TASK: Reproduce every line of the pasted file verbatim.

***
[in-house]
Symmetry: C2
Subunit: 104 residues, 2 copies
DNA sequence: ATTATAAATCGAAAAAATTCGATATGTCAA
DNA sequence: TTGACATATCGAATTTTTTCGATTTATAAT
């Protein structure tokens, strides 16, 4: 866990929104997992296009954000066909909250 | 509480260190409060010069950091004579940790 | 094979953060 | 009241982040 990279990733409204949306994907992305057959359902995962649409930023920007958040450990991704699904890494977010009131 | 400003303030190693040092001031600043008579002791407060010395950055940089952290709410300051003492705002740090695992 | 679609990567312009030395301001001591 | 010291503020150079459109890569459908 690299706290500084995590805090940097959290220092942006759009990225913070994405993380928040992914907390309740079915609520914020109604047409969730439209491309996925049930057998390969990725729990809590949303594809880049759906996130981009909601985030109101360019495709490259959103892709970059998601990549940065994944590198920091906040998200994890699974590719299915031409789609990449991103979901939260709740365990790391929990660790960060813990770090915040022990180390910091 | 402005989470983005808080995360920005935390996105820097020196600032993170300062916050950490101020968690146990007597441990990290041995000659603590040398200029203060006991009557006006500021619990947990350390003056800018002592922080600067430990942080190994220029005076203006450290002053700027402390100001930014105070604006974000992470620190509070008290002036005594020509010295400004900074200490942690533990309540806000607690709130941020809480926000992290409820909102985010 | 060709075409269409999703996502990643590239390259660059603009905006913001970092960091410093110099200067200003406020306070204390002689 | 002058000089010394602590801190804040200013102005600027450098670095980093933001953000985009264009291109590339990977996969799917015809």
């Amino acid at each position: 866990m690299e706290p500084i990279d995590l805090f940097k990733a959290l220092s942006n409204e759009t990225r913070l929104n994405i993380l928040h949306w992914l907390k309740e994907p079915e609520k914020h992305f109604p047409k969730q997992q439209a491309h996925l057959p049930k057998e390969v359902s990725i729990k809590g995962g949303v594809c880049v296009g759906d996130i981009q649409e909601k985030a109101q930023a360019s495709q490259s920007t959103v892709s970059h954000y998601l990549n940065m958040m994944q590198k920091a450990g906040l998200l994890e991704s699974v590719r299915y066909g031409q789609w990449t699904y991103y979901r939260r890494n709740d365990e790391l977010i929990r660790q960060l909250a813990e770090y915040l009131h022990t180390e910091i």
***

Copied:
[in-house]
Symmetry: C2
Subunit: 104 residues, 2 copies
DNA sequence: ATTATAAATCGAAAAAATTCGATATGTCAA
DNA sequence: TTGACATATCGAATTTTTTCGATTTATAAT
């Protein structure tokens, strides 16, 4: 866990929104997992296009954000066909909250 | 509480260190409060010069950091004579940790 | 094979953060 | 009241982040 990279990733409204949306994907992305057959359902995962649409930023920007958040450990991704699904890494977010009131 | 400003303030190693040092001031600043008579002791407060010395950055940089952290709410300051003492705002740090695992 | 679609990567312009030395301001001591 | 010291503020150079459109890569459908 690299706290500084995590805090940097959290220092942006759009990225913070994405993380928040992914907390309740079915609520914020109604047409969730439209491309996925049930057998390969990725729990809590949303594809880049759906996130981009909601985030109101360019495709490259959103892709970059998601990549940065994944590198920091906040998200994890699974590719299915031409789609990449991103979901939260709740365990790391929990660790960060813990770090915040022990180390910091 | 402005989470983005808080995360920005935390996105820097020196600032993170300062916050950490101020968690146990007597441990990290041995000659603590040398200029203060006991009557006006500021619990947990350390003056800018002592922080600067430990942080190994220029005076203006450290002053700027402390100001930014105070604006974000992470620190509070008290002036005594020509010295400004900074200490942690533990309540806000607690709130941020809480926000992290409820909102985010 | 060709075409269409999703996502990643590239390259660059603009905006913001970092960091410093110099200067200003406020306070204390002689 | 002058000089010394602590801190804040200013102005600027450098670095980093933001953000985009264009291109590339990977996969799917015809």
């Amino acid at each position: 866990m690299e706290p500084i990279d995590l805090f940097k990733a959290l220092s942006n409204e759009t990225r913070l929104n994405i993380l928040h949306w992914l907390k309740e994907p079915e609520k914020h992305f109604p047409k969730q997992q439209a491309h996925l057959p049930k057998e390969v359902s990725i729990k809590g995962g949303v594809c880049v296009g759906d996130i981009q649409e909601k985030a109101q930023a360019s495709q490259s920007t959103v892709s970059h954000y998601l990549n940065m958040m994944q590198k920091a450990g906040l998200l994890e991704s699974v590719r299915y066909g031409q789609w990449t699904y991103y979901r939260r890494n709740d365990e790391l977010i929990r660790q960060l909250a813990e770090y915040l009131h022990t180390e910091i």